The latest Solid State Drives (SSDs) use Toggle Mode NAND flash paired with a SandForce controller for faster performance. These drives are marginally faster than earlier models such as OCZ Vertex 3 and Intel SSD 520, which use synchronous NAND flash. The first SSD with Toggle Mode NAND flash that we tested was the 240GB SanDisk Extreme. This time it’s Corsair's newly launched Corsair Force GS. Let’s see what it has in store. 

SATA 6 GB/s Interface and Toggle Mode NAND

SATA 6 GB/s Interface and Toggle Mode NAND


The Force GS SSD is available in four capacities, according to Corsair’s website – 180GB, 240GB, 360GB and 480GB. We received the 240GB variant for review.

Like the Force GT, the GS also follows a bright red theme unlike the usual drab black or grey theme. The colour is a good differentiator for an enthusiast-class component, but it would only stand out if you have an open rig. The shell has a rough finish and this does give a sort of a rugged feel. The sticker mentions the model in big bold letters along with the capacity and interface type (SATA 3). The package includes a 3.5-inch adapter and screws for installing the SSD into the hard drive bay of the PC case. 

3.5-inch bracket for mounting the SSD into the PC case

3.5-inch bracket for mounting the SSD into the PC case

Among the four capacities, the 360GB variant has the fastest rated sequential read and write speeds at 555 MB/s and 530 MB/s respectively. The 240GB and 180GB drives have the same read speed, but the write speed is slightly lower at 525 MB/s. The 480 GB drive is the slowest with sequential read and write speed of 540 MB/s and 455 MB/s respectively.

The Force GS SSD is backed by a 2-year warranty. In contrast, SanDisk Extreme, Intel SSD 520 and a few other models come with a warranty of 3 years.

Test Rig
Processor: Intel Core i7-2600k
Memory: 8GB G.Skill DDR3-1866
Motherboard: Gigabyte GA-Z77X-UD5H
Graphics card: AMD Radeon HD 6870
SSD: Plextor PX-256M2S
Power supply: Corsair Silent Pro Gold 800W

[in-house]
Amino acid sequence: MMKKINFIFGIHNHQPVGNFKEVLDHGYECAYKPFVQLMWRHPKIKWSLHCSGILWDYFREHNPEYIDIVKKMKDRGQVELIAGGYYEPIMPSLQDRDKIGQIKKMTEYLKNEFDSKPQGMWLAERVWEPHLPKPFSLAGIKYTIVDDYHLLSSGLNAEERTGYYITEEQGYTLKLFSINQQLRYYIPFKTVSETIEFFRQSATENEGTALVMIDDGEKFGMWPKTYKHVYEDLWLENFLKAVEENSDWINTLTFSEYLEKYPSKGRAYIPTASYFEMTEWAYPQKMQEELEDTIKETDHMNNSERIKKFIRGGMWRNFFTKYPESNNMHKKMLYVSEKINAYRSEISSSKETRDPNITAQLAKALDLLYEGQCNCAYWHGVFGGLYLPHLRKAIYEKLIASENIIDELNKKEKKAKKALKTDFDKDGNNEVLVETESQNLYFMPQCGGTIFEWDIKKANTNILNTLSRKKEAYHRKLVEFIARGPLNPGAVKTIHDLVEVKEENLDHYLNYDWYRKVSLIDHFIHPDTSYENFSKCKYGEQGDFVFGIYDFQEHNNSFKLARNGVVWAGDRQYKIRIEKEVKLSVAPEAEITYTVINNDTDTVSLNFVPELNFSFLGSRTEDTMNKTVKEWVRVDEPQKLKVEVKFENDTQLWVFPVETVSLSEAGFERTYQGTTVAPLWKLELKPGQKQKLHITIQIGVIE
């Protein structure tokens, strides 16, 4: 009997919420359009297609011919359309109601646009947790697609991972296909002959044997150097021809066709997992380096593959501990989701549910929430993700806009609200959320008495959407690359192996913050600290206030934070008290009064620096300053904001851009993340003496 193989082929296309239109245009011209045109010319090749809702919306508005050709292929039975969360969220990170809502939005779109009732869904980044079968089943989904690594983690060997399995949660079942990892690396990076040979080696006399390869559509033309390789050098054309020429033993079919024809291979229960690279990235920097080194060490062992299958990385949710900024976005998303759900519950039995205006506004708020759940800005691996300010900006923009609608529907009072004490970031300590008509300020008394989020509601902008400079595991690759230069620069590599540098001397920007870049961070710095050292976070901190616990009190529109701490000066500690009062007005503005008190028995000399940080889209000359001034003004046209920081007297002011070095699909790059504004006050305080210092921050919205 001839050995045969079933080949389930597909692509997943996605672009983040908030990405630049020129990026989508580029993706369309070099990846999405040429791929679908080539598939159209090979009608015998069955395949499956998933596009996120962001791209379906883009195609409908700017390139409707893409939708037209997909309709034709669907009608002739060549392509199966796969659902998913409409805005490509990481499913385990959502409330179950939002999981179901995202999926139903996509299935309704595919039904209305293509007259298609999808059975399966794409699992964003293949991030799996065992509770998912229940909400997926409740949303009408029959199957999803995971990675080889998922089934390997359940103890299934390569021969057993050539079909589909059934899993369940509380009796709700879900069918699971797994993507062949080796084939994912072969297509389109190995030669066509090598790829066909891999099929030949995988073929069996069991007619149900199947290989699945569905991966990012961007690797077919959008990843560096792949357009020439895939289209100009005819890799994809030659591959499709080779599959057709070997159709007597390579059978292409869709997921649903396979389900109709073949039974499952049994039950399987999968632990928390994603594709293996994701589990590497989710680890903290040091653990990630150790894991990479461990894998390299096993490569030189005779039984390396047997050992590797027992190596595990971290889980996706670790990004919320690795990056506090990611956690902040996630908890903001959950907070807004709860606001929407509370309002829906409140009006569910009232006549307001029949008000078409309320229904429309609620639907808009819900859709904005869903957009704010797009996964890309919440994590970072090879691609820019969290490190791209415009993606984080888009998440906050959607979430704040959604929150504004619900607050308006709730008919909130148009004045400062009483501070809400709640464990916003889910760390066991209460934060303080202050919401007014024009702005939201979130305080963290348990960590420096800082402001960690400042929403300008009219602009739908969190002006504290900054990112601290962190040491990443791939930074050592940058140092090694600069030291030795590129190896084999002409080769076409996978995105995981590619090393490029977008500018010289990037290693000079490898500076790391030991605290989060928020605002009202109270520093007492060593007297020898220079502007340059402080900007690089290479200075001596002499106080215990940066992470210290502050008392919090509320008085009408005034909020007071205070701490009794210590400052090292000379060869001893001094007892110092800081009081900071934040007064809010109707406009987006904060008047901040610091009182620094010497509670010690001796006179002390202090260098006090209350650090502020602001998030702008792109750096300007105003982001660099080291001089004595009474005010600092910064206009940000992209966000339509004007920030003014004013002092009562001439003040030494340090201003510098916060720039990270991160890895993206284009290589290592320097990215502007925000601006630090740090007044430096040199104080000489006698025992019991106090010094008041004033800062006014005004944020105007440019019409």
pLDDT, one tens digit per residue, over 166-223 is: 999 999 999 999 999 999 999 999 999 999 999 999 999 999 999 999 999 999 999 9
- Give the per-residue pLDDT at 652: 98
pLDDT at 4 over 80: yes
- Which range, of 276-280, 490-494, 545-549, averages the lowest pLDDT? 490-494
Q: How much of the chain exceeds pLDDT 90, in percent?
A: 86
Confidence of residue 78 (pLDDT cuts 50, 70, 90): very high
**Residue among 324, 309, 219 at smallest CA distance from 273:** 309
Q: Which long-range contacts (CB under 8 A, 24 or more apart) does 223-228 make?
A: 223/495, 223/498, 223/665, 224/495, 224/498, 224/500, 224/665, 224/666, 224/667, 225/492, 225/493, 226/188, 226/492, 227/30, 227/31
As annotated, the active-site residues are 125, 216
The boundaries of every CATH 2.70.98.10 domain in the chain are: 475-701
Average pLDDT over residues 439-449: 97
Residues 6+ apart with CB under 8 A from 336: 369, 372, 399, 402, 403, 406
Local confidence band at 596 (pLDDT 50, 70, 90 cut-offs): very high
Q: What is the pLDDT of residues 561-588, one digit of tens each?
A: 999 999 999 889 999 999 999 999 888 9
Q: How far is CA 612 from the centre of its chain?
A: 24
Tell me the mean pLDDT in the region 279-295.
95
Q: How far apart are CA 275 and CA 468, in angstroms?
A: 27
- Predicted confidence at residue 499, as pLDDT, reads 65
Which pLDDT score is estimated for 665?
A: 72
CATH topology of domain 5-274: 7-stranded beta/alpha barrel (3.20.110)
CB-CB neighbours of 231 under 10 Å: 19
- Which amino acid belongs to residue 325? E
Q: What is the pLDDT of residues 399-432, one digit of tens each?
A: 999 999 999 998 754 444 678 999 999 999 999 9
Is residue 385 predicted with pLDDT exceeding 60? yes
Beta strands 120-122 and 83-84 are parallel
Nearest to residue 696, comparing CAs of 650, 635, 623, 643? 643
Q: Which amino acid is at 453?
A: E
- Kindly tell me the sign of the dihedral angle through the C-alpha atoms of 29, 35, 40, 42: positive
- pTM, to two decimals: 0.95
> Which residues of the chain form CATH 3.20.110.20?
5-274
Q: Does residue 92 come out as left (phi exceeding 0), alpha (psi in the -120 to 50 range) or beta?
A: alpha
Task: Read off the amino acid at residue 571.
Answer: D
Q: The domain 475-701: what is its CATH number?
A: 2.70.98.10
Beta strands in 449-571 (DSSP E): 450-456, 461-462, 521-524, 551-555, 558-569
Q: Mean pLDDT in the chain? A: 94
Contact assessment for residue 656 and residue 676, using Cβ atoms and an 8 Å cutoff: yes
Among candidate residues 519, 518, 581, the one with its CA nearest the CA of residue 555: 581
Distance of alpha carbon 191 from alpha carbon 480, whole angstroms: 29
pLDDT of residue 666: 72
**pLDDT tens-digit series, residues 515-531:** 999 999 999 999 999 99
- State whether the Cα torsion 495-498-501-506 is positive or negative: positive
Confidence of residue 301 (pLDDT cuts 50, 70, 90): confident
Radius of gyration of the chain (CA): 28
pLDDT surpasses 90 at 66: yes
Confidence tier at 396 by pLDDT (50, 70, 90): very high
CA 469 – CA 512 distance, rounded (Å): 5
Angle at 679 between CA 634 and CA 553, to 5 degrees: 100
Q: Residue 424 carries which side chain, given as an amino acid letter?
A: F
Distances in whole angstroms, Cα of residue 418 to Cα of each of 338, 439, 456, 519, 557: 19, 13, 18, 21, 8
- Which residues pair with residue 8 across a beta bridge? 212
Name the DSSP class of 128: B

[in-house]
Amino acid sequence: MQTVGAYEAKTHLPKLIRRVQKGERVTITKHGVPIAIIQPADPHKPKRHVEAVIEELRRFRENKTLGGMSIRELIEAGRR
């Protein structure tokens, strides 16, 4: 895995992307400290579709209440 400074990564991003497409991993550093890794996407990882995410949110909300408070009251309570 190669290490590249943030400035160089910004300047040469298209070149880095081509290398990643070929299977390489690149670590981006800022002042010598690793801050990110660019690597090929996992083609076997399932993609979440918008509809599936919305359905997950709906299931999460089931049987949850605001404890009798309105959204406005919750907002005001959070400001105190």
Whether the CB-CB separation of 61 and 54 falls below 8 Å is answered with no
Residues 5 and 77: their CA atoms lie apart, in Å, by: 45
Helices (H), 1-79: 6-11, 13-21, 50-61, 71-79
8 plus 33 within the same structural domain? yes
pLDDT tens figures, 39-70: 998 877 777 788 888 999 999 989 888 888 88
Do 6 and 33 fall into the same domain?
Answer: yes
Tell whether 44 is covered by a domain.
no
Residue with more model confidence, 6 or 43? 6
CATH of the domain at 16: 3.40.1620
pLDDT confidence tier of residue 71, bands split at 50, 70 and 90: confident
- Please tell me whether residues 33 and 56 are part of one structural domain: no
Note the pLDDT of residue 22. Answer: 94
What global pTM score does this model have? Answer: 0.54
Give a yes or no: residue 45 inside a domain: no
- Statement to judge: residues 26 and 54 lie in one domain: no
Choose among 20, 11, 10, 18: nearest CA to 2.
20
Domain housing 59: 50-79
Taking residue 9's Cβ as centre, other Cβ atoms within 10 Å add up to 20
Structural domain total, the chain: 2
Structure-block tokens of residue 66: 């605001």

OS: Windows 7 Ultimate, 64-bit 

We compared the performance of this drive to Corsair Force GT and SanDisk Extreme SSD.


We configured the test to read and write 4K, 64K and 256K chunks of data. Out of all the tests, the 4K read and write is the most strenuous. Here, the maximum read speed and write speed logged by the Force GS were slightly less than those of the Force GT. The sequential read and write speeds were 511 MB/s and 271.26 MB/s respectively, against slightly less than those of the Force GT.

CrystalDiskMark scores

CrystalDiskMark scores



In this test, the software was set up to read and write 500MB of data. The fastest was the Force GT with a sequential write speed of 309 MB/s. The Force GS was the slowest of the three at 284 MB/s. In the 4K read and write speed tests, the Force GT was the fastest.

ATTO Disk Benchmark
All three drives had a read speed of 558 MB/s. The SanDisk Extreme and Force GS were almost neck and neck at write speeds of 533 MB/s and 532 MB/s respectively. At 526 MB/s, the Force GT was the slowest of the three.

SiSoft Sandra 2012

Here, we measured the sequential and random speeds using the File System Benchmark. The Force GS logged the lowest score – 504 MB/s read speed and 275 MB/s write speed.

Verdict and Price in India
The pricing of the Corsair Force GS is:
180GB – Rs.12,500
240GB – Rs.15,300
360GB – Rs. 23,000
480GB – Rs. 32,000

If you’ve been keeping track of the prices of SSDs, you’ll notice that a 240GB SSD now costs as much as a 120GB one would a few months ago. A capacity of 240GB is sufficient to hold the operating system along with all programs and game installations. You can use a hard drive to store other data such as your media library and other files.

Between the Force GT and GS, choose either, and you’ll get almost the same performance. So, it would be wise to choose the one that’s cheaper by around Rs. 1,000, which is the Force GT. Also, unlike the Force GS, the GT is available in lower capacities such as 120GB, 90GB and 60 GB. They cost less than Rs. 10,000 – that's ideal if you don’t have a very high budget to build a PC.

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